Dynamic MR Imaging of the Skeletal Musculature: From Static Measures to a Dynamic Assessment of the Muscular (Loco-) Motion

  • Shantanu Sinha
  • Usha Sinha
Part of the Medical Radiology book series (MEDRAD)


The muscle–tendon is a complex structure and involves the complex interplay of passive and active elements, fiber architecture that ultimately determines the force transmission and muscle mechanics. The ability to noninvasively image the muscle–tendon complex during contractions provides an unprecedented tool to study the normal physiology and its changes under different conditions (e.g., in normal aging, sarcopenia, limb disuse and muscle atrophy, and muscle diseases such as dystrophy). We describe the development of sophisticated MR imaging sequences that can directly map muscle motion (velocity), or muscle tissue displacement. A brief overview of imaging sequences, post processing is provided as a background to the technology. The derivation of 1D, 2D and 3D strain, and strain rate maps is outlined underlying the ability to extract the complete 3D strain tensor from appropriate MR datasets. The MR-compatible device to enable different muscle motion is described in detail; this piece is critical for the successful implementation of functional muscle dynamics using MRI. Velocity and strain distributions in the normal lower leg muscles, in the forearm are presented. These studies highlight the heterogeneous strain distributions and the link to connective tissue distribution in the muscles as well as to the geometry of the fibers (fiber length, pennation angle, and curvature differences along the length the muscle aponeurosis). These studies have also identified inter- and intra-fascicular heterogeneities in strain and in novel indices such as the architectural gear ratio. Tendon dynamics can also be mapped using the velocity-encoded data and force-dependent length changes, stiffness, and the transition point from linear to nonlinear behavior of the force-length (F-L) curve in human Achilles tendon are discussed. The applications of these elegant MR techniques to altered muscle conditions are presented; however the number of studies is limited. The application of MR dynamic muscle imaging with the velocity encoded-phase contrast imaging to subjects with Achilles tendon rupture and chronic unloading under controlled conditions are presented. In both applications, the utility of the technique in identifying muscle functional and structural changes indicate that this is a valuable tool awaiting widespread clinical implementation. This chapter concludes with technical developments in this area of MR imaging where 2D and 3D strain tensor mappings are outlined. These developments offer exciting possibilities to explore muscle structure and functional relationships. Coupled with diffusion tensor imaging to extract muscle fiber architecture, dynamic 3D muscle imaging will enable the detailed understanding of muscle physiology in normal and altered conditions.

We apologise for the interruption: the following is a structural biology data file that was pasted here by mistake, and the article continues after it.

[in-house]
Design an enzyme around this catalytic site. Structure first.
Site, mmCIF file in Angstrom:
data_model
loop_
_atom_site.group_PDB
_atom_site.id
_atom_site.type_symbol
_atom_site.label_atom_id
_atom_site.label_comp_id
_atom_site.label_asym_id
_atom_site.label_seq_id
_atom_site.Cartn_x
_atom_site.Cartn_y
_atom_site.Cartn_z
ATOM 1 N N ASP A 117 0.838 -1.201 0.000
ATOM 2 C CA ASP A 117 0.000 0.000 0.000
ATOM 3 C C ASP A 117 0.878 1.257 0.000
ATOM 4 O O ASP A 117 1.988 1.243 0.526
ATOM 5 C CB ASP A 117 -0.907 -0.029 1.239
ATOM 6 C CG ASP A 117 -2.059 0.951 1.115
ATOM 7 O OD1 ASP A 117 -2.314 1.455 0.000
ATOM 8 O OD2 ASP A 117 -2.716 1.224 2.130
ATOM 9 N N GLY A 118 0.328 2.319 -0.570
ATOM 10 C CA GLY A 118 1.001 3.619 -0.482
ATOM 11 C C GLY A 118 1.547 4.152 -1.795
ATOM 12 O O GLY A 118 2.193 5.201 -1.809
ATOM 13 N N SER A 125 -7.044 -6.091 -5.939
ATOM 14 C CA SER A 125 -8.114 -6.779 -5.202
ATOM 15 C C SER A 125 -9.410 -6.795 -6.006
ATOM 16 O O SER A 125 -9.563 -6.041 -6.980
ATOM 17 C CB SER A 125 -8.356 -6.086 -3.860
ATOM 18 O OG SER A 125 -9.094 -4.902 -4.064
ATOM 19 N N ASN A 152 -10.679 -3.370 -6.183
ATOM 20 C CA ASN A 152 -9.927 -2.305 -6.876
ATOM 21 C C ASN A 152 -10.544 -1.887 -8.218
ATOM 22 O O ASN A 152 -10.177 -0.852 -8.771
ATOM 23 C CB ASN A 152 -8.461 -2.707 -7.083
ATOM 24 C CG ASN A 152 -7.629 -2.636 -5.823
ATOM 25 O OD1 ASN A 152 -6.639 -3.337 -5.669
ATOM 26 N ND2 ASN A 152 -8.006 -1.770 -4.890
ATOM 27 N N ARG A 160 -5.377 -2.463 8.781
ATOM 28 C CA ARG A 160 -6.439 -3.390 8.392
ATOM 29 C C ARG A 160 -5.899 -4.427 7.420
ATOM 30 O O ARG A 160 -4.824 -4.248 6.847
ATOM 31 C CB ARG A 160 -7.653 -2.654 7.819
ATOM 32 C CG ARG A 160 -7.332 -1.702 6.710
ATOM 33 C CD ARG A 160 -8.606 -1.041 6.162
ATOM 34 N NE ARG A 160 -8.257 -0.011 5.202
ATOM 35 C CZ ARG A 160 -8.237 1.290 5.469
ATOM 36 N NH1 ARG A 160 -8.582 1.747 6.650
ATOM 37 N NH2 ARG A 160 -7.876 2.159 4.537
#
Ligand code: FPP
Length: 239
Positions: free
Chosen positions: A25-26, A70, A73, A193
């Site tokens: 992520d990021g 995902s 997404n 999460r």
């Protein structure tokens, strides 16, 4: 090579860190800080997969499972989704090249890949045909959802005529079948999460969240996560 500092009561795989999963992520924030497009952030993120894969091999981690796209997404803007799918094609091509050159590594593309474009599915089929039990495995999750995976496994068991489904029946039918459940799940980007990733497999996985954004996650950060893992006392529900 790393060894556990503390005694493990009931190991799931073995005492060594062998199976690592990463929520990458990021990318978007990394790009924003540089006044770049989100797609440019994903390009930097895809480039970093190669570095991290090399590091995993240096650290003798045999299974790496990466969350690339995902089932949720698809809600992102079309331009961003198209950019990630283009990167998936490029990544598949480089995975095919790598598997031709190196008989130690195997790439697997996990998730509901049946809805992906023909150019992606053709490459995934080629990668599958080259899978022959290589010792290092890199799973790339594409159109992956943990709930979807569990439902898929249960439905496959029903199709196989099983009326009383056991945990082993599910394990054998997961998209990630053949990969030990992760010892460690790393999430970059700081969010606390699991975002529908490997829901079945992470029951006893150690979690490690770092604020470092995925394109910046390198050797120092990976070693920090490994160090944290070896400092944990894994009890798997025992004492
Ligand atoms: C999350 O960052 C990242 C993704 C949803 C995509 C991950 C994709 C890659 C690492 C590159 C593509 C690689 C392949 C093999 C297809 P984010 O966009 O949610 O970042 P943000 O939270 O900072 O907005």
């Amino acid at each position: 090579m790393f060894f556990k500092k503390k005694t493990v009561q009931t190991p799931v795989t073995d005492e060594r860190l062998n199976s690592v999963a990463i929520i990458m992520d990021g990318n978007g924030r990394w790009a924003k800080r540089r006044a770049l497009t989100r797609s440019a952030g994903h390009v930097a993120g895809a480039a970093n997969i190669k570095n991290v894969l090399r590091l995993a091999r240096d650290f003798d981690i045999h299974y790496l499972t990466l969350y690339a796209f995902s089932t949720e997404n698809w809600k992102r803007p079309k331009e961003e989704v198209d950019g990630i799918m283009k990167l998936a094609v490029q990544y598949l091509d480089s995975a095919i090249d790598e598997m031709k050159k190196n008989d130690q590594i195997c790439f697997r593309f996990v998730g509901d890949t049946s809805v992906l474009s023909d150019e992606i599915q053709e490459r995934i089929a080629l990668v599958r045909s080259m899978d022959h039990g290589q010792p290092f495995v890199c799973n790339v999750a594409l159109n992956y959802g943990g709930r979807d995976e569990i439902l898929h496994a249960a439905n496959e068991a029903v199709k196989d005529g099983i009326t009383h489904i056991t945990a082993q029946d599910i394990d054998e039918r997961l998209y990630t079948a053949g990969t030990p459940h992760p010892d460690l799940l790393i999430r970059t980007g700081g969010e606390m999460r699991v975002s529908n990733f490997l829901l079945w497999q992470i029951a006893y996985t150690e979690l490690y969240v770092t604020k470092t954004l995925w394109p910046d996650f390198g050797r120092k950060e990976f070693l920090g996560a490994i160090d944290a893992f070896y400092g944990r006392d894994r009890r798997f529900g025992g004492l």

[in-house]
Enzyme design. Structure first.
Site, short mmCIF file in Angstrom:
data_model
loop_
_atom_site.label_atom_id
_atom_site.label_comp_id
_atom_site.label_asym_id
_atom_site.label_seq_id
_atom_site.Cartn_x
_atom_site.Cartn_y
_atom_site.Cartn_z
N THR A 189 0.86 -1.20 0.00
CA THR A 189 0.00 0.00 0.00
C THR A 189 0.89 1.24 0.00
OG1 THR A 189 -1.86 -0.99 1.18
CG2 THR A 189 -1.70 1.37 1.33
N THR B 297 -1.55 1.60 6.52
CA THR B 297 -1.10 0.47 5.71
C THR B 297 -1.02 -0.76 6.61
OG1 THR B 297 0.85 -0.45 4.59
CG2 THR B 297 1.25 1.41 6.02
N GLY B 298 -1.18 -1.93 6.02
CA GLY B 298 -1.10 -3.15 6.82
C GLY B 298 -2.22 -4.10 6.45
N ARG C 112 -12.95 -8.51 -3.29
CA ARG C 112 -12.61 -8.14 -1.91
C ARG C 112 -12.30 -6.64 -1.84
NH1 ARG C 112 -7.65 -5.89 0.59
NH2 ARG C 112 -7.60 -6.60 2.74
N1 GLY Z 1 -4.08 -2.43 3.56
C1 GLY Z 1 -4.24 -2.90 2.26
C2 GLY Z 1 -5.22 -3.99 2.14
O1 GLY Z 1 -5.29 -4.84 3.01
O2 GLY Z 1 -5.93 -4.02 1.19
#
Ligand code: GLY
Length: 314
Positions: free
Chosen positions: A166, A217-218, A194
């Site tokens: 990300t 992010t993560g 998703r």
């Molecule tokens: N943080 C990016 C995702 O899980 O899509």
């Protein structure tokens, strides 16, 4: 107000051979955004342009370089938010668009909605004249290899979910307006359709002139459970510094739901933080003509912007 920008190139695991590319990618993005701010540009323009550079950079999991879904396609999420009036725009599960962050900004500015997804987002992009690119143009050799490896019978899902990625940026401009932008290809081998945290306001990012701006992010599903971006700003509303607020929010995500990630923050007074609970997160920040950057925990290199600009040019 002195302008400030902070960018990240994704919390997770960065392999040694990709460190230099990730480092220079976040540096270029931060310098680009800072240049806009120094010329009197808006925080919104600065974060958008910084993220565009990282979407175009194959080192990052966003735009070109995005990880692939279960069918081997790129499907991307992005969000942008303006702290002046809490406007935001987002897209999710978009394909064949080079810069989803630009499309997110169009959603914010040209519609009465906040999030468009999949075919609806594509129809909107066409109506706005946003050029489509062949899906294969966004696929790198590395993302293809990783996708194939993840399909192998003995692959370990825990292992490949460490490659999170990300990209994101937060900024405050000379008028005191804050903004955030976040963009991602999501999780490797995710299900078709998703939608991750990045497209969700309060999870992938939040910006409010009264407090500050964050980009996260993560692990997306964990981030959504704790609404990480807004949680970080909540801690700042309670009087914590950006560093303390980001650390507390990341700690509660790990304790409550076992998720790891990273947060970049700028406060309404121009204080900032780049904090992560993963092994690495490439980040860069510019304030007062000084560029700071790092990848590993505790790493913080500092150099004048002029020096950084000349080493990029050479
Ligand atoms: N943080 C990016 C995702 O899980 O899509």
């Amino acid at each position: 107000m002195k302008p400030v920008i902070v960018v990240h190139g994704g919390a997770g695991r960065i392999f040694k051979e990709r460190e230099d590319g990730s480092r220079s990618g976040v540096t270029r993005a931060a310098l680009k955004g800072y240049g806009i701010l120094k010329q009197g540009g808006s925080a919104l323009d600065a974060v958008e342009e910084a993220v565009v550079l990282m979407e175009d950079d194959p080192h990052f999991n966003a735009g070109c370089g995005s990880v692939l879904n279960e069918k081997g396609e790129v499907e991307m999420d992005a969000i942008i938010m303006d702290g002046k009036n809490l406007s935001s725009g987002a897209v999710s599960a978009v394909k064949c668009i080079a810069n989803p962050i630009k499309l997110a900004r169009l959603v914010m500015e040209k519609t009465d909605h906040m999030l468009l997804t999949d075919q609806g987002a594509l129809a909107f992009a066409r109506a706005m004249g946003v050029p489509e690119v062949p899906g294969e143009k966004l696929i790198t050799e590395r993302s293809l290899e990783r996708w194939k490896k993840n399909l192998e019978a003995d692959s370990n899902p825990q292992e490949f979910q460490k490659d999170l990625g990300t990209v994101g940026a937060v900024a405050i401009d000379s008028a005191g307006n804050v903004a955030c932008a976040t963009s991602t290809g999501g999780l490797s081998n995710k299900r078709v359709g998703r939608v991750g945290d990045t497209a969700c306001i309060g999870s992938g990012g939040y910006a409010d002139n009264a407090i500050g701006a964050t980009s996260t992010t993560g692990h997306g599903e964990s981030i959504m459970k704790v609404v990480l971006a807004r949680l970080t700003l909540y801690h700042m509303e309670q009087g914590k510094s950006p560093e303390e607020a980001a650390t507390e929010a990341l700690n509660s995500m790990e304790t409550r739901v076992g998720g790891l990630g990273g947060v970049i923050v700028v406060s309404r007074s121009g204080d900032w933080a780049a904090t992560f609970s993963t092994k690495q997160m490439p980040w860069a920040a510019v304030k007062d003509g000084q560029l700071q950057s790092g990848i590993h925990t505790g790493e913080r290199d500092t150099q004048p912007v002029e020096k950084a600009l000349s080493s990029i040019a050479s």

Achilles Tendon Isometric Contraction Medial Gastrocnemius Strain Rate Tensor Pennation Angle 
These keywords were added by machine and not by the authors. This process is experimental and the keywords may be updated as the learning algorithm improves.


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Copyright information

© Springer-Verlag Berlin Heidelberg 2013

Authors and Affiliations

  1. 1.Department of RadiologyUniversity of CaliforniaSan DiegoUSA
  2. 2.Department of PhysicsSan Diego State UniversitySan DiegoUSA

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